After the stop in Warsaw, team blue embarked on a long journey by bus up north to the capital of Latvia: Riga. Latvia can be seen as a symbol of the revival of the Baltic States and for years it had one of the highest economical growth figures in Europe. In Riga, Diana – an experienced member of AEGEE-Riga – picked us up from the station. She organized an amazing session at the university with some of the Latvian candidates for the European Parliament elections. During this session, we discussed the position of Latvia in Europe and the challenges and opportunities for the Latvian youth. We asked the candidates why they got involved into politics and why they found it important to participate in shaping the future of Europe. Have you already considered who will be the best representative for you during the elections?
Reinis is one of the candidates for the EP elections and he represents the Union of Greens and Farmers in Latvia. He told us that one of his main drives to become politically active is to give young people a stronger voice in the political debate. While the Latvian and the European political spheres are mostly occupied by the older generation, he argued that the voice of young people is not sufficiently taken into account. By taking part in public debates and by having the courage to become politically active, youngsters can make sure that the European Parliament can have more young EPs and this will change the political landscape. This change is also visible within Reinis’ own party while it increasingly tries to get young people engaged and become candidates for political positions.
Oskars, the youngest candidate for the EP in Latvia, explained that his entrepreneurship and innovative ideas were the main motivators for him to become politically active. He’s involved in several start-ups and is convinced that the entrepreneurial spirit will be the solution to many problems that young people are facing today. He explained that the society and the economical context are changing and that more people will have to rely on their individual talents and passions. That’s why he wants to focus on creating a friendlier climate for young people that want to start a business. Give them the opportunity to fail on the road towards success and don’t make them afraid of taking risks. He told us that Latvia is already doing pretty well in this respect while some policies actively support the creation of start-ups.
Eriks, a candidate for the National Alliance in Latvia told us that he had always been interested in politics and history. He was greatly motivated by reading about the history of Europe and Latvia and realized that people are needed in order to realize this history. Thanks to this motivation, he became active in Latvian politics and is now ready to represent his country’s people in the European Parliament. When we asked him about his party, he first of all explained that although his party is nationalistically oriented it is not to be compared with nationalist parties in Western Europe. Though his party tries to preserve the Latvian culture and identity, it does not exclude any minority from its ideas and it supports the role of Latvia in the European Union. When we asked him about the first things he would actively work on in case he got elected he gave a very concrete answer: he told us that for his party, the two most important issues were to decrease the European dependence on Russian gas and to create a railway connection between the EU and the Baltic states. These two points would greatly benefit the Latvian people, according to Eriks.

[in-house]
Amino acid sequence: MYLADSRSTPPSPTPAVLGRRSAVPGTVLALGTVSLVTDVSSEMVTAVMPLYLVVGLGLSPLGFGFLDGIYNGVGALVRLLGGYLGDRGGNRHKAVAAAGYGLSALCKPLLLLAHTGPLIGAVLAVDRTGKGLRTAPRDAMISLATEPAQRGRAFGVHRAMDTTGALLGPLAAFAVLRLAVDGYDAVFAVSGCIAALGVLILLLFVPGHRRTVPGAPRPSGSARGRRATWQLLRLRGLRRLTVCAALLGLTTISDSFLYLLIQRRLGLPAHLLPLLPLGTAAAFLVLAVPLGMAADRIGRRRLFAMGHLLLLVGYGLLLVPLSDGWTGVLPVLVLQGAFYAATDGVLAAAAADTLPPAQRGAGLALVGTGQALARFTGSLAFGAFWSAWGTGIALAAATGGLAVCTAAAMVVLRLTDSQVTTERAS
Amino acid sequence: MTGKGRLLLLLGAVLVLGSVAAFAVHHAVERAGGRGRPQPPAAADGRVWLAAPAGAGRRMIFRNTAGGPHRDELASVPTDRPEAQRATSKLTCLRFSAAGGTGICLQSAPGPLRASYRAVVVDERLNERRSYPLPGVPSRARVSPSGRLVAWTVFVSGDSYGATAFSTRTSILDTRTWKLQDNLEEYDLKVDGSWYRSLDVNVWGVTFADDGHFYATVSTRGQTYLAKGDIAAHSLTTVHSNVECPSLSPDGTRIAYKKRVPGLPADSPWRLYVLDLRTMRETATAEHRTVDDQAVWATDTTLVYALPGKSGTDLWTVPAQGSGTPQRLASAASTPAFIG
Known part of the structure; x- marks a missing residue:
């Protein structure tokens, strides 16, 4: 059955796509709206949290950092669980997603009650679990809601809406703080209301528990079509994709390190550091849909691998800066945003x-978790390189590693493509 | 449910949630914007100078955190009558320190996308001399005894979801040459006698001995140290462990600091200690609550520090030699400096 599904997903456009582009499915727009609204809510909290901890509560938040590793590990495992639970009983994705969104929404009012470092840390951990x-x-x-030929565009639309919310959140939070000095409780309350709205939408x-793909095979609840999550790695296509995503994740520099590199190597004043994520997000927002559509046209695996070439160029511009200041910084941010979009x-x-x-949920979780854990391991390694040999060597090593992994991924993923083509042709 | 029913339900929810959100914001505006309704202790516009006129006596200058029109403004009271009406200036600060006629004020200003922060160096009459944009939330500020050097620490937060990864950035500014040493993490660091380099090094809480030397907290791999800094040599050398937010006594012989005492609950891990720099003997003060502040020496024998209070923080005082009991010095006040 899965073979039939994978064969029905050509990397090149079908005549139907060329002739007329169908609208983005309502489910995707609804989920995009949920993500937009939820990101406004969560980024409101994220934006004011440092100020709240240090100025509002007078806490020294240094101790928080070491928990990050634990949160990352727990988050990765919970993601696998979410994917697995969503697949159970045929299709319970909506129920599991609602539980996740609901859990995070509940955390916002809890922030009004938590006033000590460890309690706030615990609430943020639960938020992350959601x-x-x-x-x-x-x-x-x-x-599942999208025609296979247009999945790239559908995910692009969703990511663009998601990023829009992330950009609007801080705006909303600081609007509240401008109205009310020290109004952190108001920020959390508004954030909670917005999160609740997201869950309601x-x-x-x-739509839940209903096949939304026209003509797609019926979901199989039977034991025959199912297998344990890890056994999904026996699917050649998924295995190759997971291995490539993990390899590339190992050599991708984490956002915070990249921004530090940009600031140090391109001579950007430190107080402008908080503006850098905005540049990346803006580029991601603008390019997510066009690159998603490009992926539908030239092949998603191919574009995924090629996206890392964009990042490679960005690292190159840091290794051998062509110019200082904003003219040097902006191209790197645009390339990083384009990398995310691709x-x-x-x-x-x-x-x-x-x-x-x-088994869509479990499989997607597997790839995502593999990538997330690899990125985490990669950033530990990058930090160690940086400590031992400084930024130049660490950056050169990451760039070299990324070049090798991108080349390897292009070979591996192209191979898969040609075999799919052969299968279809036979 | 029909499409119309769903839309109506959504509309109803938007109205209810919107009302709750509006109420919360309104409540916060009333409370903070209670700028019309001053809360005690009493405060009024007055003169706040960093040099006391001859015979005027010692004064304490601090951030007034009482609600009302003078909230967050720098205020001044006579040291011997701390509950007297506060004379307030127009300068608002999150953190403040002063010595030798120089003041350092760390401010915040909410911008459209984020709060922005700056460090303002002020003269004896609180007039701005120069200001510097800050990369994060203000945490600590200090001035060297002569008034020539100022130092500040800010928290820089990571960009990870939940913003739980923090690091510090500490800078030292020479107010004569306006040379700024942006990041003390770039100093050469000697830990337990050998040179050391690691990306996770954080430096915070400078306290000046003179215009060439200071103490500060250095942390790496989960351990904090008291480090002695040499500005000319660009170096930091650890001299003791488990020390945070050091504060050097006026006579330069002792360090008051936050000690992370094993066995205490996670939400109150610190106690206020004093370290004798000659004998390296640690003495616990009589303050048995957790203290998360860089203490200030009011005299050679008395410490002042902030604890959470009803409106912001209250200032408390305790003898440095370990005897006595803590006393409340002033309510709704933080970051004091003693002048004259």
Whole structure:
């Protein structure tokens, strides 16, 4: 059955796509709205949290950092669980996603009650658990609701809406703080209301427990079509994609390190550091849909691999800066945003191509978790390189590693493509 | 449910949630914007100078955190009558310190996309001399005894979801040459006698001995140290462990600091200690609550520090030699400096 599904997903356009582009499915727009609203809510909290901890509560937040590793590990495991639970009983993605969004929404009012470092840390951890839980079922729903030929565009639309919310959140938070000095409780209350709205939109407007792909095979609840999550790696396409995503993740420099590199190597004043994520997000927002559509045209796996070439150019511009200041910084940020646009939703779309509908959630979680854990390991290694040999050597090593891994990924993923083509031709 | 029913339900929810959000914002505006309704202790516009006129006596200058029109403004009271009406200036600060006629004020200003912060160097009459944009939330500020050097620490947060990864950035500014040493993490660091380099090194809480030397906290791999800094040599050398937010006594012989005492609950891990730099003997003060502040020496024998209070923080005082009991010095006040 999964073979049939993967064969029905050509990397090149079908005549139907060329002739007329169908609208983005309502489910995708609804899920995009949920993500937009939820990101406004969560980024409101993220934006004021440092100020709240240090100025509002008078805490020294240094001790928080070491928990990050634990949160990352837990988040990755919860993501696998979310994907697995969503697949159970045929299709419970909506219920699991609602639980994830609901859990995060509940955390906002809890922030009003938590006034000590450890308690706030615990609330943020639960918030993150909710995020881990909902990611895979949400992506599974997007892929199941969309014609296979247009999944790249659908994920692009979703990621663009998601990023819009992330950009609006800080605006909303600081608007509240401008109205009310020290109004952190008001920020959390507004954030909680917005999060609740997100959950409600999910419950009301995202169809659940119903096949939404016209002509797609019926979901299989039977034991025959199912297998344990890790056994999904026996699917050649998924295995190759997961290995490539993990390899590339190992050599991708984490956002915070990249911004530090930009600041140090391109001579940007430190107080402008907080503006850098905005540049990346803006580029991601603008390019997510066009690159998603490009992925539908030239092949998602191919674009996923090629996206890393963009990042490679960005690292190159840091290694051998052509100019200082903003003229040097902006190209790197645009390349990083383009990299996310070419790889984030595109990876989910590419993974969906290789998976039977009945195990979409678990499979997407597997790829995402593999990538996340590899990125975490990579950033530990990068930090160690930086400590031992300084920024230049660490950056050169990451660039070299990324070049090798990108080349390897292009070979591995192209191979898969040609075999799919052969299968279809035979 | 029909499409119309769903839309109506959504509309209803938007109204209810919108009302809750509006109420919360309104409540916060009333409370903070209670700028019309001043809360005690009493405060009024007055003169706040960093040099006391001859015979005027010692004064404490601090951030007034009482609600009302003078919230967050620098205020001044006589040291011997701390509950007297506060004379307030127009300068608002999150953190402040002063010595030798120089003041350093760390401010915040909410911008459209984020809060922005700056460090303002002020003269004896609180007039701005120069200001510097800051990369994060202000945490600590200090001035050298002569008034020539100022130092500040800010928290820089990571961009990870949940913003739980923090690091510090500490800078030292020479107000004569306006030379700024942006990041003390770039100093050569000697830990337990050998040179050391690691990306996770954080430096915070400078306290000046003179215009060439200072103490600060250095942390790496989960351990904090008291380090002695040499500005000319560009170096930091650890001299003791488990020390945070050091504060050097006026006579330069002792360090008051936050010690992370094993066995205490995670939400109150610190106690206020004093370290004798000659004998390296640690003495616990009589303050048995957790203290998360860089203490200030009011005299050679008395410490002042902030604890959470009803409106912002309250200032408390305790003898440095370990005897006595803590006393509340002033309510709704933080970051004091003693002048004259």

The last speaker in Riga was Evija, who works for the Latvian NGO Transparency International. The main goal of the organization is to provide voters with more information about the people they will be voting on. It gathers information about politicians that voters ought to get acquainted with before they cast their votes. This information includes for example the criminal records of candidates or corruption cases that have been running against them. Moreover, it provides additional information like whether a candidate has switched parties in the past. By compiling all these data, Transparency International tries to make sure that voters have an idea about whether or not they have the chance of voting for a corrupt politician. Information is power and the power belongs to the voters.
With all these very interesting insights about the European Elections and the candidates for Latvia in mind, we had to leave Riga for the train to Belarus. At the station, we found a classic, very decent Soviet looking train with carpet on the floor and great service on board. We were ready to head for the very interesting destination of Minsk where we would discuss the ways of participation of the Belarusian youth.